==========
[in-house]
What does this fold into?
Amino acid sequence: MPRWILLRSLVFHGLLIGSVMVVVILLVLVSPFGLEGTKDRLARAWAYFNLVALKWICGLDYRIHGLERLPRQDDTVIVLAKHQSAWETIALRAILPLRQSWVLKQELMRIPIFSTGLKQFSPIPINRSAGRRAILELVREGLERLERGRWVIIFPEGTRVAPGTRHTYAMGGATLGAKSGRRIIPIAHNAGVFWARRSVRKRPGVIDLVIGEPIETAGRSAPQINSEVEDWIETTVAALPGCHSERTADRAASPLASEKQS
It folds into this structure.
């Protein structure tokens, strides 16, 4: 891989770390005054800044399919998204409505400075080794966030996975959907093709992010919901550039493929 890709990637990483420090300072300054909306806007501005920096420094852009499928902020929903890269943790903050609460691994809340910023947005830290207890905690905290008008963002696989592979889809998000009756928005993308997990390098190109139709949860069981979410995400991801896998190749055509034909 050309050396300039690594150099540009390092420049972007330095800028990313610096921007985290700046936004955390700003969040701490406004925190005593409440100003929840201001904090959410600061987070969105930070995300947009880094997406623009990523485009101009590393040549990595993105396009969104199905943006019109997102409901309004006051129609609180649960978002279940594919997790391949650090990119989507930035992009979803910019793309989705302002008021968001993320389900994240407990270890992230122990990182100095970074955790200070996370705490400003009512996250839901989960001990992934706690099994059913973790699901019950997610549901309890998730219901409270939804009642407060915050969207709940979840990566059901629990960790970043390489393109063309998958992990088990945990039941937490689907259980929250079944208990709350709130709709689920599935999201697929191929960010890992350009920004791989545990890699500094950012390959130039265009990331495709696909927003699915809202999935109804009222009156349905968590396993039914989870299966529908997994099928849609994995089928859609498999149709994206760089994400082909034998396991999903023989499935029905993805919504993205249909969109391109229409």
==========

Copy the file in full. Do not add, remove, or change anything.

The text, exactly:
[in-house]
What does this fold into?
Amino acid sequence: MPRWILLRSLVFHGLLIGSVMVVVILLVLVSPFGLEGTKDRLARAWAYFNLVALKWICGLDYRIHGLERLPRQDDTVIVLAKHQSAWETIALRAILPLRQSWVLKQELMRIPIFSTGLKQFSPIPINRSAGRRAILELVREGLERLERGRWVIIFPEGTRVAPGTRHTYAMGGATLGAKSGRRIIPIAHNAGVFWARRSVRKRPGVIDLVIGEPIETAGRSAPQINSEVEDWIETTVAALPGCHSERTADRAASPLASEKQS
It folds into this structure.
């Protein structure tokens, strides 16, 4: 891989770390005054800044399919998204409505400075080794966030996975959907093709992010919901550039493929 890709990637990483420090300072300054909306806007501005920096420094852009499928902020929903890269943790903050609460691994809340910023947005830290207890905690905290008008963002696989592979889809998000009756928005993308997990390098190109139709949860069981979410995400991801896998190749055509034909 050309050396300039690594150099540009390092420049972007330095800028990313610096921007985290700046936004955390700003969040701490406004925190005593409440100003929840201001904090959410600061987070969105930070995300947009880094997406623009990523485009101009590393040549990595993105396009969104199905943006019109997102409901309004006051129609609180649960978002279940594919997790391949650090990119989507930035992009979803910019793309989705302002008021968001993320389900994240407990270890992230122990990182100095970074955790200070996370705490400003009512996250839901989960001990992934706690099994059913973790699901019950997610549901309890998730219901409270939804009642407060915050969207709940979840990566059901629990960790970043390489393109063309998958992990088990945990039941937490689907259980929250079944208990709350709130709709689920599935999201697929191929960010890992350009920004791989545990890699500094950012390959130039265009990331495709696909927003699915809202999935109804009222009156349905968590396993039914989870299966529908997994099928849609994995089928859609498999149709994206760089994400082909034998396991999903023989499935029905993805919504993205249909969109391109229409």